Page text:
Sermon for Cell of Walsingham Mass with Hymns Tuesday 7 October 2014
Sermon preached by Fr Julian Browning
Our Lady of the Rosary
The Rosary is a way of asking God for help. Help with what? Help with the discovery that we can’t do life on our own. We’ve tried. What happens when we try to take control of our lives, to pull ourselves together? We fret over the same old issues, the same hurts, the same mistakes and regrets. When we find ourselves in that place, with the best will in the world, our minds oscillate between two states, regrets about the past, and fears of the future. This is how we often think about the Church, isn’t it? Regrets about the past, fears for the future. Over and over again. That’s how we review our lives, past and future, same old stuff. And if there is one major roadblock on the spiritual journey it is resentment, resentment that this has happened to me, and our discontent might be entirely justified, but it takes us to dark places and keeps us there. To understand that this might happen to us, is the first step towards dealing with it. There is an antidote to resentment. The antidote to resentment is gratitude, gratitude for all that happens to me, whatever that might be. Saying the Rosary expresses this process. It’s a cry for help, from resentful distressed humanity, but it is said with deep gratitude for the divine help which we know is never held back from any of God’s children. God is constant in his love. If we look to God, he will sustain us. If we turn to him, he is there. If we reach out our hand to him, he will save us. It’s going to be all right after all. In His hands He gently bears us, rescues us from all our foes.
The Rosary is a mantra, that is to say it is repetitive prayer which keeps our minds in the present, where God is to be found. God isn’t in our fantasies of past and future, that’s our little kingdom, not God’s Kingdom. God is here, now, always now. Saying the Rosary, or any other mantra prayers in contemplative practices, also engages the whole person, all that I am, the body, with the hands, with the rosary bead, with the stillness of the person – indeed just holding a rosary is a prayer of some sort – and the mind is also engaged and freed from its distracted thinking and so we can turn towards God. This is something we can actually do, physically, not just mentally, together, or on our own, but always as part of something greater, the rolling prayer of the whole Church. As the Chinese proverb says, it is better to light a candle, than to curse the darkness.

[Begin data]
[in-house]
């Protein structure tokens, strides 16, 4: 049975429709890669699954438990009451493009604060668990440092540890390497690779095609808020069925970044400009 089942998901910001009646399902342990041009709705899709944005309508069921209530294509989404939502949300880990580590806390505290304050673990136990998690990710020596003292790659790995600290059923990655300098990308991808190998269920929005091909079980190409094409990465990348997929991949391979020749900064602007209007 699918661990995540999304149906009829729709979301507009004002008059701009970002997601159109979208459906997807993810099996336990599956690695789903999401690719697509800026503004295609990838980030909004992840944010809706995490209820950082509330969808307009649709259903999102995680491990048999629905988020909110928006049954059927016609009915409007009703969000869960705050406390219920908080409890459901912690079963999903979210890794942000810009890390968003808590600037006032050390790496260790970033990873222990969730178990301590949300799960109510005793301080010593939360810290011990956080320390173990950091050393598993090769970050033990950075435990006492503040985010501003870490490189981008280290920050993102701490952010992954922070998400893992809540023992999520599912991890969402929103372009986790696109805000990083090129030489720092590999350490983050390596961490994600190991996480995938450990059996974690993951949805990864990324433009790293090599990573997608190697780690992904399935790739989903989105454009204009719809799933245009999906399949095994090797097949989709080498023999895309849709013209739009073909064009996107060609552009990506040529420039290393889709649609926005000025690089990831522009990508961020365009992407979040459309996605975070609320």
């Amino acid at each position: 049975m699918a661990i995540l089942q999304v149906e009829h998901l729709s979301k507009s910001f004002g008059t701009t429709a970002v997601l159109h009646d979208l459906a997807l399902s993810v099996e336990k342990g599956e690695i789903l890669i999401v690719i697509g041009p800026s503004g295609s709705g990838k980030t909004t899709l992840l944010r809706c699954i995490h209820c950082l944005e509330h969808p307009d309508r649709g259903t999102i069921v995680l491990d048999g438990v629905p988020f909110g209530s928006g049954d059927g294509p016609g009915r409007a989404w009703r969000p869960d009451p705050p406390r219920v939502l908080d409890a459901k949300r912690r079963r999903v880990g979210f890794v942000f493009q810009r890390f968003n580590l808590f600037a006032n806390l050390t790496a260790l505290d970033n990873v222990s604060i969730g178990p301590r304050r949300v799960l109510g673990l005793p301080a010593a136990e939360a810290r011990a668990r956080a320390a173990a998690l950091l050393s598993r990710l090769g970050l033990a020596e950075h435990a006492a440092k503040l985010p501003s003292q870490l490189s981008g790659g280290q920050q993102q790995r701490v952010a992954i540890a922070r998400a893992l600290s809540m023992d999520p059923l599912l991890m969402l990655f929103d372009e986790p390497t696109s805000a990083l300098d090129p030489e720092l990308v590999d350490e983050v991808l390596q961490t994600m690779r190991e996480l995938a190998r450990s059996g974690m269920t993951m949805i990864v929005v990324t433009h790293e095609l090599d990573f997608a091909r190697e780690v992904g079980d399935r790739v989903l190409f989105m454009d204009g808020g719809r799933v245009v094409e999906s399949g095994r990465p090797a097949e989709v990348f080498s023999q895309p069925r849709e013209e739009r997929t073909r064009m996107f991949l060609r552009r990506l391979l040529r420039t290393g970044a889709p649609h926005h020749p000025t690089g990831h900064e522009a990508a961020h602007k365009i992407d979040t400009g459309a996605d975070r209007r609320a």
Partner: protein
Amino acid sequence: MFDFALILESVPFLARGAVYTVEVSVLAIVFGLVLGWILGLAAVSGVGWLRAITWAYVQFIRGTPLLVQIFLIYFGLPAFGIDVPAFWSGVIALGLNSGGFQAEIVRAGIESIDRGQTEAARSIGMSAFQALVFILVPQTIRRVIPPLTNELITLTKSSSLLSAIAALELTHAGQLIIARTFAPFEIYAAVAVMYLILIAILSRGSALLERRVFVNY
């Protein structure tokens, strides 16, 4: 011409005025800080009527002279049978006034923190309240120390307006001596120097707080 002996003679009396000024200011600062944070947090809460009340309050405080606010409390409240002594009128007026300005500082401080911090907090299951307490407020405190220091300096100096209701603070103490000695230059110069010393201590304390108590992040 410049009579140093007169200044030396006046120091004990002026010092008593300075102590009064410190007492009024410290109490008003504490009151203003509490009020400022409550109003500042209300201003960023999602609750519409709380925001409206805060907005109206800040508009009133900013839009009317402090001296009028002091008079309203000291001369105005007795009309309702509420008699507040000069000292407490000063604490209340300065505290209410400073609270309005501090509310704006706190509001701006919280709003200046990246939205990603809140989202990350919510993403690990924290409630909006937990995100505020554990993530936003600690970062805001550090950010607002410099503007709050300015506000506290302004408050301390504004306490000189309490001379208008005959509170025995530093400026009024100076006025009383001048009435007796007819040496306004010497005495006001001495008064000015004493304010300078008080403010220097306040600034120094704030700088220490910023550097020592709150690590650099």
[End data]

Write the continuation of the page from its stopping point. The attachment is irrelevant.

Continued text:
This is the cry of humanity which is always heard. When we ask Mary to pray for us in the Rosary, what we are doing is invoking the name of the one who was closest to Jesus and knew him better than anyone else. So she knows what to say, and we are happy for her prayer to be ours, and our prayer to be hers. Then we draw closer to the heart of Jesus ourselves, the soul of Our Saviour. The scenes of the Rosary, the various Mysteries, are ways of reading Christ, bringing him into our lives again – and so we re-establish a relationship with Christ, which we thought we’d lost because we know we’ve wandered away on our own.
In the Christian faith, our words, our cries, are heard as soon as they are uttered. This is the faith bit: talking to God through Mary, becomes listening to God, to what he has to say to each of us. Help is on its way, as soon as we re-connect with God, through this and other prayer practices, in the present, as we are now, with all faults. Not hoping for a better past; not trying to define the future on our terms. Just starting again now, open to what God wishes to make of us. As Mary said:
Behold the handmaid of the Lord; be it unto me according to thy Word.